Joaquin and Lis’ values and stories are reflected in the name of their farm, as well. “My wife chose the name Mariposa [Spanish for butterfly],” Joaquin says. “We’re both from Mexico, and she said that we migrate like the monarch butterfly that flies from one place to another place. She said the butterfly is like us. We go back to see our families in Mexico, then come back here, then go back… that’s how we got the tradition of Mariposa.”
Growing food has been part of Joaquin’s life since childhood. “I grew up farming in Mexico with my grandpa and dad,” he recalls. “We moved to the States in 1997, and I did construction for a while and went to school for a short period. I met Lis and we got married. When we were looking for housing, we both liked the idea of growing food. That’s how we got this place and started farming. At the beginning, we started with 9.5 acres. We had no implements, no help, and we had our full-time jobs. Lis was working at another farm and I was working construction. We did that for four years – we’d come home, take care of the kids, and work on the farm in the afternoons and especially on the weekends. We never had a weekend.”
That hard work paid off, and Mariposa Farm now has 50 acres and sells at markets in Bellingham and Seattle. In addition, their CSA can feed up to 400 households in both the Bellingham and Seattle areas. This year, Mariposa has pick-up locations at the Bellingham Farmers Market, six farmers markets in Seattle, and six Pagliacci Pizza locations in Seattle. To learn more and sign up for their CSA, click here.
CSA is just one of the many ways Mariposa connects with their community. They’re beloved vendors at the Bellingham Farmers Market and six locations in Seattle, and are working with Alluvial Farms this year for a farm-to-table dinner series. “They invited us to do a dinner with them,” Lis explains. “We provide the veggies, and we talk to people about our farm and our CSA. We share our story and what we do here.”
Giving back to their community has always been a priority for Mariposa. “The Neighborhood Farmers Market has a program called Growing Against Hunger, and they get funding from the government to buy food from farmers market farmers and donate to food banks,” Joaquin explains. “That’s another way we help our community – bringing food to the food banks.”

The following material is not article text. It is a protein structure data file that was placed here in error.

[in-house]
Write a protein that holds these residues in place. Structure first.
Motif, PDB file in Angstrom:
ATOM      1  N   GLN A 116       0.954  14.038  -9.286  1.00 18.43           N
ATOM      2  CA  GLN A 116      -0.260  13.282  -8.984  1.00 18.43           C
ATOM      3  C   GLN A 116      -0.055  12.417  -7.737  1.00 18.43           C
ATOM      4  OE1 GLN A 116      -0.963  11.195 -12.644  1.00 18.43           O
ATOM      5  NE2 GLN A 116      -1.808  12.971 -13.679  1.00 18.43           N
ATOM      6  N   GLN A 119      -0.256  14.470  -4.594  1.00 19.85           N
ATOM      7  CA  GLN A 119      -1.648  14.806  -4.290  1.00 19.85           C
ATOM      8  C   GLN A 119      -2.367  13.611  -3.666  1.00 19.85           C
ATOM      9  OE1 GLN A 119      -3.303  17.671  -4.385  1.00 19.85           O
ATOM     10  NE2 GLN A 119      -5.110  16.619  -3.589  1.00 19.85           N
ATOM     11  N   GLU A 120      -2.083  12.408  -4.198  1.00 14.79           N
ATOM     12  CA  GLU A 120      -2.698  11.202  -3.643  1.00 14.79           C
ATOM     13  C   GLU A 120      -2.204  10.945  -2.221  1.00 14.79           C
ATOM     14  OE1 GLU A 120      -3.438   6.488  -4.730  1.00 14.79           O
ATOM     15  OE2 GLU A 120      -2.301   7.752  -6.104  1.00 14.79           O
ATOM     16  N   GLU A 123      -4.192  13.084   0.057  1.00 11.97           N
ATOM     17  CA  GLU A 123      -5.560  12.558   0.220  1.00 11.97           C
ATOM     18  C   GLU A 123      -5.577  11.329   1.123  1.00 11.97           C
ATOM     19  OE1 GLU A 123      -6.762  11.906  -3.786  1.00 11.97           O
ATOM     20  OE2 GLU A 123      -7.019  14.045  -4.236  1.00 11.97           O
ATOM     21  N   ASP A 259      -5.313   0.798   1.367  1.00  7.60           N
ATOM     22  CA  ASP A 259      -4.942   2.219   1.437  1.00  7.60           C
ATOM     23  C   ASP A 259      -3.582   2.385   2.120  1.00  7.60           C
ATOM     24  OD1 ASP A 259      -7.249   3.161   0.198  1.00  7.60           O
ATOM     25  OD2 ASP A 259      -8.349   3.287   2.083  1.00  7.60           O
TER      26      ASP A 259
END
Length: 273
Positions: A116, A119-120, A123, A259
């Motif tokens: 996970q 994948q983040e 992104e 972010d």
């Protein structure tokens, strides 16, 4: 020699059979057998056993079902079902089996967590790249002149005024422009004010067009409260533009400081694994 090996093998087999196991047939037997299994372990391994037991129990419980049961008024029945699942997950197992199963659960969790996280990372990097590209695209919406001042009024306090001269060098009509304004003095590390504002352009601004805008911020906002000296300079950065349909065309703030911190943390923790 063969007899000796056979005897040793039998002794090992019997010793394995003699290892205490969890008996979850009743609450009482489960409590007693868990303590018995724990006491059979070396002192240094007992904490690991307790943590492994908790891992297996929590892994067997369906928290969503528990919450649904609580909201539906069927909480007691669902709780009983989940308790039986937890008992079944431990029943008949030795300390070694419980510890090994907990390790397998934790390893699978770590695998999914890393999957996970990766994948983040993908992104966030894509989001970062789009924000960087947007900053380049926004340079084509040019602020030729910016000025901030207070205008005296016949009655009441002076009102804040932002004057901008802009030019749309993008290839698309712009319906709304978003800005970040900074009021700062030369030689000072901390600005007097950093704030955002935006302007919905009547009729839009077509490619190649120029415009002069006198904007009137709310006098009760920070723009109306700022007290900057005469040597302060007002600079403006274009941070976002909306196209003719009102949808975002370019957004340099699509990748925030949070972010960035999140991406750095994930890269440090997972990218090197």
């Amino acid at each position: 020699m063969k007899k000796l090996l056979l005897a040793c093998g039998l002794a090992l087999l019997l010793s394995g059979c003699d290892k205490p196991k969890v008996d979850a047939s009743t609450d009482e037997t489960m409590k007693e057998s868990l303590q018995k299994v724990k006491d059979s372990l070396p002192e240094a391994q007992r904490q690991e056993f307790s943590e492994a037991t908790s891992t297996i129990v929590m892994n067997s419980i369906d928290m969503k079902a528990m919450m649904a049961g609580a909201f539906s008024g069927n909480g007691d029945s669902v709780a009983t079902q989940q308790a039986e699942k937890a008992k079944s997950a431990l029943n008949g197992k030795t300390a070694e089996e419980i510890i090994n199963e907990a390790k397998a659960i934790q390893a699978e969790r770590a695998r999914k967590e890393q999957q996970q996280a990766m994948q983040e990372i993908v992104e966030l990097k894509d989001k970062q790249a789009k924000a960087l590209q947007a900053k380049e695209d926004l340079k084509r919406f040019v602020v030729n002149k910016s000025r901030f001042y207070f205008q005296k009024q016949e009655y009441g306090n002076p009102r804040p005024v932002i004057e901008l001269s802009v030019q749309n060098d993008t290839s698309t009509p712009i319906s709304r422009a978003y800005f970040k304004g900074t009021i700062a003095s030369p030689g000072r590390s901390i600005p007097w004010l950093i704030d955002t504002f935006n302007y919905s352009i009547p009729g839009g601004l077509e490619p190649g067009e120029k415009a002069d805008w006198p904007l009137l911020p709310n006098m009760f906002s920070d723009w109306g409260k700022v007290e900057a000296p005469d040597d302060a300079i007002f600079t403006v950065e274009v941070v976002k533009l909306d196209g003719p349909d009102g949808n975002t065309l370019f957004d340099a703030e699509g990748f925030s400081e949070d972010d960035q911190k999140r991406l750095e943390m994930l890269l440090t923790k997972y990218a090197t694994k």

Mariposa has prioritized building relationships and nourishing their community for a decade; it’s been a core value that’s motivated and sustained them through the hardships and triumphs of farming. It’s also been the value that helped them rebuild and recover after the devastating floods of 2021, during which they saw their field and equipment submerged under more than four feet of high water.
“It was a really hard year,” Joaquin recalls. “It had been good up until then, but we grow all winter long, so we lost all the crops in the ground. It was hard to start thinking about the next year, because we didn’t even have a house. Our house had been so damaged we were staying with my uncle until we got it at least clean and dry. It took a little over a month before we could fix all that. But we stopped selling and going to the farmers market. At that point, it was March and me and Lis weren’t sure if we wanted to farm that year.”
But Joaquin and Lis’ community saw the struggle they were going through and stepped up with unprecedented generosity, support, and love. “We got so much help from our community,” Joaquin says. “They started a GoFundMe, which put us on the right track again – so many people donated. We were able to fix our tractors, fix our house, buy our supplies again. We were able to come back little by little and start again.”
It was a true outpouring of love and support for Mariposa – but only a fraction of what they needed to recoup their losses. Farming is expensive, and often operates on the narrowest of profit margins – having to replace even one tractor is a huge burden, let alone all the equipment, supplies, and crops that Mariposa lost.
But support came in many forms, not just monetary donations. “People who had worked for us helped us out at no cost, more like friends. They helped us when we needed it the most. And we heard from our customers how happy they were that we could continue to grow food for them. They showed us the love, that they really care about what we do. It’s a feeling me and Lis will never forget. Not just because they donated. We also got calls, emails, and letters from so many people.”
The gifts that Mariposa shares with their community – from Whatcom County to Seattle and beyond – have touched so many people, inviting care and connection to both food and the humans that grow it. Joaquin and Lis find these connections deeply rewarding. Joaquin adds, “We came back that year  more motivated by all the customers and people who donated. We were more excited to come back. It was a very good year, and this year looks even better.”
Joaquin and Lis also know that what they grow now will ripple out for years and generations to come. “One of the best things is to see our family on the farm,” Joaquin says. “It’s something I would never change. I grew up on a farm, and now my kids are growing up on a farm. It’s a really good reward to see your kids in the field. Sometimes my daughter brings her friends in the summer, and they’re out picking and eating berries.”
Join Mariposa Farm on their journey by signing up for a CSA here.